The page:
EAU CLAIRE — Amid a swell of COVID-19 cases in Wisconsin, Eau Claire hospital officials say they’re seeing more severely ill patients and that their health care staff are stretched thin.
Hospitals aren’t yet at the urgent point they reached in November 2020, when a COVID-19 surge resulted in hospital leaders warning that the local health care system could be overwhelmed.
But as of mid-September, local hospitals’ capacities have decreased. Officials say it’s taking a toll on heath care workers.
“The peak of this surge hopefully will not be what it was (last year),” said Jennifer Drayton, chief nursing officer for HSHS Sacred Heart and St. Joseph’s hospitals in Eau Claire and Chippewa Falls.
“The difference, right now, is that people who aren’t vaccinated are getting very, very sick. And they get sick very quickly, and it’s all ages … now we’re seeing very, very ill people who have minimal comorbidities. The delta variant is a different animal.”
Both Sacred Heart and St. Joseph’s hospitals were full to capacity Thursday, which Drayton said isn’t unusual this summer.
“Every day for the past three or four months we’ve been full to capacity and waiting for discharges so we can take in admissions. It’s no different today,” Drayton said Thursday. “It’s just that the number of acutely ill patients has dramatically increased.”
It’s not just patients with severe COVID-19. The two hospitals are seeing an increase in people who need care for other reasons, Drayton said: “We’re seeing a lot more patients with heart failure, COPD, trauma, because people are out and about living their lives again and we didn’t see that during the first surge of COVID.”
The HSHS hospitals will stabilize and treat new patients, but if they need to be admitted to the hospital afterward and there’s not an open bed, they need to be transferred to another facility, Drayton said.
“We’re at the point” of transferring patients to La Crosse and the Twin Cities, Drayton said.
“Sometimes we have to try 10 to 15 different facilities before we find one with an open bed,” she said. “We’ve gotten calls (asking) us to take patients from as far away as the Dakotas.”
Marshfield Medical Center-Eau Claire isn’t full to capacity, though it’s also seen an increase in hospitalizations, said Bill Priest, chief administrative officer at Marshfield Medical Center-Eau Claire. The hospital had to reopen its COVID-19 unit in mid-August.
As of early Thursday, Marshfield Medical Center-Eau Claire had six COVID-19 patients, but that number fluctuates on almost an hourly basis and could be significantly higher or lower by day’s end, Priest said.
“Currently ... our limiting factor isn’t physical beds, our limiting factor is our staff,” he said. “As we add these COVID patients in, it’s in addition to the normal patient population that might need hospitalization, those who have a cardiac event or stroke.”
The hospital is able to manage currently, but “it is stretching our resources thin,” Priest said.
It’s typical for Mayo Clinic sites to see high demand for hospital services, not just during the pandemic, but the clinic is also seeing an increase in hospitalized patients with COVID-19, said Dr. Richard Helmers, regional vice president of Mayo Clinic Health System’s northwest Wisconsin region.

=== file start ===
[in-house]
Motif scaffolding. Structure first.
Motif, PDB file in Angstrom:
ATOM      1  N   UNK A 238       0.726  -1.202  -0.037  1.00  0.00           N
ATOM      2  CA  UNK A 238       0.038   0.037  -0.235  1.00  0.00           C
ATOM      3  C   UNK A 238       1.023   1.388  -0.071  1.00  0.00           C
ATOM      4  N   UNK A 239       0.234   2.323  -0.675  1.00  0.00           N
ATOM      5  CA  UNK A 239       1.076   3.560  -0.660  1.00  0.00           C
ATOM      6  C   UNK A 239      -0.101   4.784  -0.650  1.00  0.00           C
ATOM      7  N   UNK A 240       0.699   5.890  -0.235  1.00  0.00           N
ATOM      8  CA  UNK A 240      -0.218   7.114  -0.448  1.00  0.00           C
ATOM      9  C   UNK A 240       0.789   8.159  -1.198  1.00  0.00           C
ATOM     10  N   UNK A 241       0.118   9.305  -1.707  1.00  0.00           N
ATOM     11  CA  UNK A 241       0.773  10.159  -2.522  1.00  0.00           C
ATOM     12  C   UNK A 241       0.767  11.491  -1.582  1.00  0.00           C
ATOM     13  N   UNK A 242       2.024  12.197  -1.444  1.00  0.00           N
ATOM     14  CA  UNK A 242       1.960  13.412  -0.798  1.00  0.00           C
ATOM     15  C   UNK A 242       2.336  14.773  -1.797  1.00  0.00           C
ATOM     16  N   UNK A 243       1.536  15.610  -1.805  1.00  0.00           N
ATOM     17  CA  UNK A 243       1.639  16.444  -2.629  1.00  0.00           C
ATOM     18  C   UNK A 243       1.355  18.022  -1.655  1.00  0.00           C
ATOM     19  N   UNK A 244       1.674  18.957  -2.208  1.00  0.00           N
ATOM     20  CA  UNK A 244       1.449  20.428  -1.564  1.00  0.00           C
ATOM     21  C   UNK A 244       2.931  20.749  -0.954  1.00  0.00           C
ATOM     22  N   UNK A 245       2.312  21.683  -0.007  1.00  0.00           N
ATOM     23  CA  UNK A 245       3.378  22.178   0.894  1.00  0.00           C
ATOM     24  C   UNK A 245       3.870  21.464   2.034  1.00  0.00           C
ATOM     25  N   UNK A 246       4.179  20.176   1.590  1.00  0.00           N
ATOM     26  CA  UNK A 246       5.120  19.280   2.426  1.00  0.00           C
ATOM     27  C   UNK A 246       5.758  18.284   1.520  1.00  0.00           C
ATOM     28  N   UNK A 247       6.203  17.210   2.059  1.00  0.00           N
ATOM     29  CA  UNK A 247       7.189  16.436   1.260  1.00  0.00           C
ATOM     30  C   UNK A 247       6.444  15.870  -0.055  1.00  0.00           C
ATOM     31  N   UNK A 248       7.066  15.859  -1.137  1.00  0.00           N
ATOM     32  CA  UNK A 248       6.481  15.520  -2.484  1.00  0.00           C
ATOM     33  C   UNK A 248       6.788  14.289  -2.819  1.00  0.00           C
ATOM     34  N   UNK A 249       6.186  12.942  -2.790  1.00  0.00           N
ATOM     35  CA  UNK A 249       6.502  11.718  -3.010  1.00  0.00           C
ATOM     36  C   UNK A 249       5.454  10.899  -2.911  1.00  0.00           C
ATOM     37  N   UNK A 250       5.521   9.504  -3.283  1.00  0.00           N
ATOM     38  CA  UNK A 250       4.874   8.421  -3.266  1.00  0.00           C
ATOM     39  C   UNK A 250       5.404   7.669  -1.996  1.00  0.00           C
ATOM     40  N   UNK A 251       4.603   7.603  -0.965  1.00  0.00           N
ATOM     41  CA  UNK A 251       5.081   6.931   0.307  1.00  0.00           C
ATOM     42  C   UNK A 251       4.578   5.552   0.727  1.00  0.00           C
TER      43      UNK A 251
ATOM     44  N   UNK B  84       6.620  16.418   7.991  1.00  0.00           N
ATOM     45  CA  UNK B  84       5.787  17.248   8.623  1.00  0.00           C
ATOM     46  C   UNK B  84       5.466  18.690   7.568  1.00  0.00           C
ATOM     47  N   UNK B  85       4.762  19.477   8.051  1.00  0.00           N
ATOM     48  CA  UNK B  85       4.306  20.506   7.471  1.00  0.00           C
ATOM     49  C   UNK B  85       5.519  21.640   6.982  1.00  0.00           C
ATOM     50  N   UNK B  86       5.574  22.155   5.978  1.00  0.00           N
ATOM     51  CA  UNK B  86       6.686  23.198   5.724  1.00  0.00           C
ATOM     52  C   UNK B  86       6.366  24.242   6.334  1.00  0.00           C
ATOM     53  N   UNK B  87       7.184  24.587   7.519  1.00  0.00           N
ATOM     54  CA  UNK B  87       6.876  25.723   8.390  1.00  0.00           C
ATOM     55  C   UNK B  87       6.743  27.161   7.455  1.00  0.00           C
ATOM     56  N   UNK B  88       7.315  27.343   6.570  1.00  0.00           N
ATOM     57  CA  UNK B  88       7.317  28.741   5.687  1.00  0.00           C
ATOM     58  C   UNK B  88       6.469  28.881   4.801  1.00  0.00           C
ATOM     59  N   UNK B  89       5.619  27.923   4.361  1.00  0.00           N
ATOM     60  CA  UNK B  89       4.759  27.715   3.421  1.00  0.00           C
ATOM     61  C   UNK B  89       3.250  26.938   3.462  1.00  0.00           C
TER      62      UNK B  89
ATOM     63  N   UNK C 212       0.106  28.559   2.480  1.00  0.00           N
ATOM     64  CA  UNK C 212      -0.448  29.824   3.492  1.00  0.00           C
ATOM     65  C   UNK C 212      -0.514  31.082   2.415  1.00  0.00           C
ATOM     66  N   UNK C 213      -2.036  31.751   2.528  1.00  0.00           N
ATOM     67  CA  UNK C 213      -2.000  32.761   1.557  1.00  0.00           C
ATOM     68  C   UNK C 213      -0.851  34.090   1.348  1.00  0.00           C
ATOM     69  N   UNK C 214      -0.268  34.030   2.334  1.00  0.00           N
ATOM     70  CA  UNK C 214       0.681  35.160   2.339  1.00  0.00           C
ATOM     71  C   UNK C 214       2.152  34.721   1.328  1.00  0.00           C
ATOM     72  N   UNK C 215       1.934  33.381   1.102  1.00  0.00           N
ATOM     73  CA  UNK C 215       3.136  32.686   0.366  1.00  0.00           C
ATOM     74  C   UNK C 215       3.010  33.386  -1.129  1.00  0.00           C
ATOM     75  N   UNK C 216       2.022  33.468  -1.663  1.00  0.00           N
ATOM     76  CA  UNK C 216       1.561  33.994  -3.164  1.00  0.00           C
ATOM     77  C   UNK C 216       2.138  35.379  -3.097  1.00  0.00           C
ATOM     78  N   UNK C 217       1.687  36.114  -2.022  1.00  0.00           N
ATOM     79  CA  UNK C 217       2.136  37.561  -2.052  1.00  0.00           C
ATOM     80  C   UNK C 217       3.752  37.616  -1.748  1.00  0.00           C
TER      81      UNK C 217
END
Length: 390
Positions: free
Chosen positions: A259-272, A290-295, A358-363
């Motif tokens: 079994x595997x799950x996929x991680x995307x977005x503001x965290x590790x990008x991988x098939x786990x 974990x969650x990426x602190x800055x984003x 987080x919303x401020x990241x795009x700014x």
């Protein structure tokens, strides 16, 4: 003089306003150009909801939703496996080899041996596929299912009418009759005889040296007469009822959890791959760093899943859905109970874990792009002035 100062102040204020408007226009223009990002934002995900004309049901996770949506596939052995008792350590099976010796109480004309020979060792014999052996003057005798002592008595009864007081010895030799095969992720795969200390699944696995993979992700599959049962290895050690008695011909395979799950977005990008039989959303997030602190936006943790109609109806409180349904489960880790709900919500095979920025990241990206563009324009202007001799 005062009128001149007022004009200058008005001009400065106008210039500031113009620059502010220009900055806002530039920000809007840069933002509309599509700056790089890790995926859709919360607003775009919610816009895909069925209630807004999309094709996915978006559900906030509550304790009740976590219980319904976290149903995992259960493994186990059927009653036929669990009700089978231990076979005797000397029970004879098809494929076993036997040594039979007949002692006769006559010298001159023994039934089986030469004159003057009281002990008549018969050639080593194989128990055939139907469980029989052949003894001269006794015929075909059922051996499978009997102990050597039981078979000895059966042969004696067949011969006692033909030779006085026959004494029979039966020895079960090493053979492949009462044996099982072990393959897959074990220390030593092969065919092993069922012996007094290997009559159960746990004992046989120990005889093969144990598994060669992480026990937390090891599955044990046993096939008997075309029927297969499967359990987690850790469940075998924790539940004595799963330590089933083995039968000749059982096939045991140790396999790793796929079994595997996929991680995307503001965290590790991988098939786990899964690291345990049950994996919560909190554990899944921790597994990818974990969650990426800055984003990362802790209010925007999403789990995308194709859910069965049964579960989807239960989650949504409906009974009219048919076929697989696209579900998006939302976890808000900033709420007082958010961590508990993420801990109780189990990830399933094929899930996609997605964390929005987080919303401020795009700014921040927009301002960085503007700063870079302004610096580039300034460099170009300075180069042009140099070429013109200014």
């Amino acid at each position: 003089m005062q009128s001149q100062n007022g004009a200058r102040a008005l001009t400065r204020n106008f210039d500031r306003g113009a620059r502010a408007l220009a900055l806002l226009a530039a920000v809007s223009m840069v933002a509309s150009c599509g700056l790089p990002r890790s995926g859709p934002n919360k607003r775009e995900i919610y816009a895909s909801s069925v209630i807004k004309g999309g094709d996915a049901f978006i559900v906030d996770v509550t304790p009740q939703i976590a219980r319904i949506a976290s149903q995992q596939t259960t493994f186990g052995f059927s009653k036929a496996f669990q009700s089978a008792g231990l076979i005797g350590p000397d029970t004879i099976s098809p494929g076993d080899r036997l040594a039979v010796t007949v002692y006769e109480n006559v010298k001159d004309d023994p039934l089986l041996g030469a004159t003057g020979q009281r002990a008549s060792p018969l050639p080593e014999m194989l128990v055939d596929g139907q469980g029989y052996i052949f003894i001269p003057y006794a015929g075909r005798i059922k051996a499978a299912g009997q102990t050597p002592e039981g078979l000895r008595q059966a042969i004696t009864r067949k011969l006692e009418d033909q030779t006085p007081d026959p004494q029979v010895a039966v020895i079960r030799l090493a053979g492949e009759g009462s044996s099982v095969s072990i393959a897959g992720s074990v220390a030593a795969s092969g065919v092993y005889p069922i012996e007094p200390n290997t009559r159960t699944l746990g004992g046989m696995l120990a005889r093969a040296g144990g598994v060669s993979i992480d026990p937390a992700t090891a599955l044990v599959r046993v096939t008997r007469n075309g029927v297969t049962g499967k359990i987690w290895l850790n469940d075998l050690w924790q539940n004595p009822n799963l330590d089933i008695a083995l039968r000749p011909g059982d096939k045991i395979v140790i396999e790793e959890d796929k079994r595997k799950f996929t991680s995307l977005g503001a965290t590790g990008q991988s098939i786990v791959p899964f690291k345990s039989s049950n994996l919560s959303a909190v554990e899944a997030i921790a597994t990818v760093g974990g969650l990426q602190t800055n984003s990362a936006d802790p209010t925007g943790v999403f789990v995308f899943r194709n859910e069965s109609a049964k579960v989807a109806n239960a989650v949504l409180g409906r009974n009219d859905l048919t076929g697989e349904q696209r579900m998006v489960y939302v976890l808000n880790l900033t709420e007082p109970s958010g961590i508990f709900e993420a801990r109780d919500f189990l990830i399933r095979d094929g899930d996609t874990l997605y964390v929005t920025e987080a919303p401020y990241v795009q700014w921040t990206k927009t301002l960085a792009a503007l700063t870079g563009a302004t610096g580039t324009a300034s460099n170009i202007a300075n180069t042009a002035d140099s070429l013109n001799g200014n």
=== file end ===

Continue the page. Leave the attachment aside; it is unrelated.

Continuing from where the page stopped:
Helmers said in a statement to the Leader-Telegram that during times of high demand in northwest Wisconsin, some patients who need to be admitted must be transferred to a different hospital.
“One thing the public can do to help hospitals like ours deal with increased demand is to seek care in the appropriate location,” Helmers said, adding that Mayo Clinic has noted some people walking into the emergency department to ask for an unscheduled test. People should schedule their COVID-19 tests at a testing location, he said. Mayo Clinic is also experiencing a high volume of phone calls, and people can set up a patient services account at www.mayoclinichealthsystem.org/patient-online-services to schedule a test.
Data: County still at January level of transmission
More people with COVID-19 are being hospitalized, Eau Claire County data confirmed.
Roughly seven county residents with COVID-19 were hospitalized in June, 14 in July and about 37 in August. Eighteen county residents have been hospitalized with COVID-19 since Sept. 1, according to data from the Eau Claire City-County Health Department.
As of Thursday, an average of 55 Eau Claire County residents per day are testing positive for COVID-19, a case rate last seen in January.
HSHS data indicated that most of their hospitalized COVID-19 patients continue to be unvaccinated.
As of Monday, at HSHS’ six Wisconsin and nine Illinois hospitals, 83% of the 149 people hospitalized were unvaccinated, and 54% were younger than 65, according to data from HSHS. In those 15 hospitals, of 39 people in the ICU, 90% were unvaccinated.
Priest asked the community to get vaccinated and to realize that local health care workers are stretched thin.
“They’re stressed, and kindness goes a long way,” he said.
Drayton said her nurses at Sacred Heart and St. Joseph’s are “absolutely exhausted,” working overtime and picking up extra shifts to care for the flow of patients.
“I’ll be honest with you, it’s very hard,” she said. “They care very much about this community, and they’re stepping up and doing the right thing, and they’re tired. It’s really hard to watch patients suffer with COVID.
“Providers, respiratory therapists, nurses, everyone’s bending over backwards with overtime, extra shifts and prayer to keep everybody moving forward,” Drayton added. “But I think if my nurses had to ask one thing of the community, it would be to care enough about us to get vaccinated. Please.”